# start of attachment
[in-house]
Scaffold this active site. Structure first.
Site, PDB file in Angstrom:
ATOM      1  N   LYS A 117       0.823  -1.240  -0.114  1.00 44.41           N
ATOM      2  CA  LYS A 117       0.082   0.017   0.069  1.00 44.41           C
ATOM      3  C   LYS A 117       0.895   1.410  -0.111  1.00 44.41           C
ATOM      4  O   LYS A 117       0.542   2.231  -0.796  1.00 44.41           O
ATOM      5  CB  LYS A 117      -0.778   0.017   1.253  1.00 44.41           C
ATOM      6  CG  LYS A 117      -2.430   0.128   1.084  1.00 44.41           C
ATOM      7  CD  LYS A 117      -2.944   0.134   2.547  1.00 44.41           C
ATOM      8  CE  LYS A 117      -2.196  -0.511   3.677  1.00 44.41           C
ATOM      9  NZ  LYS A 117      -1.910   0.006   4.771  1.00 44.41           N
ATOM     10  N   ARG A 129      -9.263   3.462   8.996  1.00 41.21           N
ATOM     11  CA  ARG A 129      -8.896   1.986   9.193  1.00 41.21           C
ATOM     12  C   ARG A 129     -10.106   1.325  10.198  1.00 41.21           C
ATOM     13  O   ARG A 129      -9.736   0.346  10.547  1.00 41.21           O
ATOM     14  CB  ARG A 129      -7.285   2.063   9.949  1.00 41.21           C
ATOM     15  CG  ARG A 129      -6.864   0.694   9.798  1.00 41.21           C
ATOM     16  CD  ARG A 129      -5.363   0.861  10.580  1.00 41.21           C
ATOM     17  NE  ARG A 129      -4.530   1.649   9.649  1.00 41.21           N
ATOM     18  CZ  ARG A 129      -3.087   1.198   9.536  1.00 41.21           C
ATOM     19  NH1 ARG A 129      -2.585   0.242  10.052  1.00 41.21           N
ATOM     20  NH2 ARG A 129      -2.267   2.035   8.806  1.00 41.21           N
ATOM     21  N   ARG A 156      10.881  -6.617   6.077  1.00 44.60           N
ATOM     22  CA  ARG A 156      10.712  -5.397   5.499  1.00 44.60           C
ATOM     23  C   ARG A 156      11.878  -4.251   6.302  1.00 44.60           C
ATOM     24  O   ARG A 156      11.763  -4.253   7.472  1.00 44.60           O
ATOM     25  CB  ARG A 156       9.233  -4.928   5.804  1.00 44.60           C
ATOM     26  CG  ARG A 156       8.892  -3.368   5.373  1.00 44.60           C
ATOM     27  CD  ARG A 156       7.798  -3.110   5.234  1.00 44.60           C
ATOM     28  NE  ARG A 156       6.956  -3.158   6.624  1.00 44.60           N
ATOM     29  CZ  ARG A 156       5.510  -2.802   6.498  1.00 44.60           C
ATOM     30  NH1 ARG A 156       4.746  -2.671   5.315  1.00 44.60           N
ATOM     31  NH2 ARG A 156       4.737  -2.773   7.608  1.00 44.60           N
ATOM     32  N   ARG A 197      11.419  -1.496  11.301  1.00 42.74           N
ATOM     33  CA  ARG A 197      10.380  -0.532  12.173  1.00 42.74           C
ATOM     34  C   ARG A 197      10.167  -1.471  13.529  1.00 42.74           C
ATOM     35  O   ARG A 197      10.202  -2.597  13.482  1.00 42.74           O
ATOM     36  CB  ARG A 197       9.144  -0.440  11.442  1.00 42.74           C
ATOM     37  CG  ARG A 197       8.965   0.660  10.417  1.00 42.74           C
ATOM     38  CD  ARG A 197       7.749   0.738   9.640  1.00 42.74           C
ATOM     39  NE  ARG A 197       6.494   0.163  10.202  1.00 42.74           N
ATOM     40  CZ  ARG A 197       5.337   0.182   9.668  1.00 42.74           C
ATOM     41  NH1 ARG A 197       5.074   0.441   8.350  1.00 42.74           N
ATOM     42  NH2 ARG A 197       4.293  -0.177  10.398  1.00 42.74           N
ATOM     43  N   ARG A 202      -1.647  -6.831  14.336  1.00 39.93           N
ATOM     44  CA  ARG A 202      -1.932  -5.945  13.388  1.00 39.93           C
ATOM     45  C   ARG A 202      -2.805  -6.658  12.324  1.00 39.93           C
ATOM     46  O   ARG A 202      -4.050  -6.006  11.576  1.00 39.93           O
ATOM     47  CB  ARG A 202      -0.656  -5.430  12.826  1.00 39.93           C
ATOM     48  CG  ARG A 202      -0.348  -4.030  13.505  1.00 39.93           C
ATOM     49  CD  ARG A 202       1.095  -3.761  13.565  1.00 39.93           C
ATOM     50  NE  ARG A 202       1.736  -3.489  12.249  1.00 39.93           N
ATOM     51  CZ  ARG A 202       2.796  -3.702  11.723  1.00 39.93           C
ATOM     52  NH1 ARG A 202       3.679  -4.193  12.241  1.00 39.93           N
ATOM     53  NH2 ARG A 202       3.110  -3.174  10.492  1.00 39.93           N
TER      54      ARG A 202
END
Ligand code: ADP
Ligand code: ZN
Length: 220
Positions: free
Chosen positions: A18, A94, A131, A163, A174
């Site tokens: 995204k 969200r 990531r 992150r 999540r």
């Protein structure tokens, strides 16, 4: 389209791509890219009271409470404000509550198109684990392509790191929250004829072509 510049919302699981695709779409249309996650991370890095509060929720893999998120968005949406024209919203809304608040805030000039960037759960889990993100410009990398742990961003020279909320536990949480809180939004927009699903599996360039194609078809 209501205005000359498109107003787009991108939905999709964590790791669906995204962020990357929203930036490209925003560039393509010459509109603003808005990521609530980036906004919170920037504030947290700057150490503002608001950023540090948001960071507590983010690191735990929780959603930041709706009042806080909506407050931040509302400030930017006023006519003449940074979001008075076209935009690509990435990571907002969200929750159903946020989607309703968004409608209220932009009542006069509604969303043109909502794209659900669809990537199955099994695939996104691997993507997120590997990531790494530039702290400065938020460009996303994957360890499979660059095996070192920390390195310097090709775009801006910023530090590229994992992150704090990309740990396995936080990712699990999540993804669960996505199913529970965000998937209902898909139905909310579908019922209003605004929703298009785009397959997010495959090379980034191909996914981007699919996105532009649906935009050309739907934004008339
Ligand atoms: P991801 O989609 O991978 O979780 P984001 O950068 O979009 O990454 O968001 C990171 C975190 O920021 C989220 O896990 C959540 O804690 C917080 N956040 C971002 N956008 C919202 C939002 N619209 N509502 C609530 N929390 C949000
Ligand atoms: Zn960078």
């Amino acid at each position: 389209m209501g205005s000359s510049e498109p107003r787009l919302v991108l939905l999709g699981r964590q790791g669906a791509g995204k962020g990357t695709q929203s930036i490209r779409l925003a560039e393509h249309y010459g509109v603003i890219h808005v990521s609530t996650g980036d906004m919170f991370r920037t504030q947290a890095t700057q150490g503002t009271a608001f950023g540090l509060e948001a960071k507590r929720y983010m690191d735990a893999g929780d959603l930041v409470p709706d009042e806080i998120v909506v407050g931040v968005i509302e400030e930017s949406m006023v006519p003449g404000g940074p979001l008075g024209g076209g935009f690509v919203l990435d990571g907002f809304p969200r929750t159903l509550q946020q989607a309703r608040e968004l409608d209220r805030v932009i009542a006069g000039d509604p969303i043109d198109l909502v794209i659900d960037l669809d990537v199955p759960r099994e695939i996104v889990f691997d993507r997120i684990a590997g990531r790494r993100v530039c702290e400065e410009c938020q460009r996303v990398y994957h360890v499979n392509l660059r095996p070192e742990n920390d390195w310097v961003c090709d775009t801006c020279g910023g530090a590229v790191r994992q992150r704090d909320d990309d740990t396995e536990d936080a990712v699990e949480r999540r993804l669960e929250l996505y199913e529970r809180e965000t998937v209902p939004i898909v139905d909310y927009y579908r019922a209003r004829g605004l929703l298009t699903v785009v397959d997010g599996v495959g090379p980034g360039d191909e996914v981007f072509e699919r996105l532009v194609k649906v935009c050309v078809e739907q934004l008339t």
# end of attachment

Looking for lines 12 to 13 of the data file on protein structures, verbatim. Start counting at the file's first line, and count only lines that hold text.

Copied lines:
ATOM      9  NZ  LYS A 117      -1.910   0.006   4.771  1.00 44.41           N
ATOM     10  N   ARG A 129      -9.263   3.462   8.996  1.00 41.21           N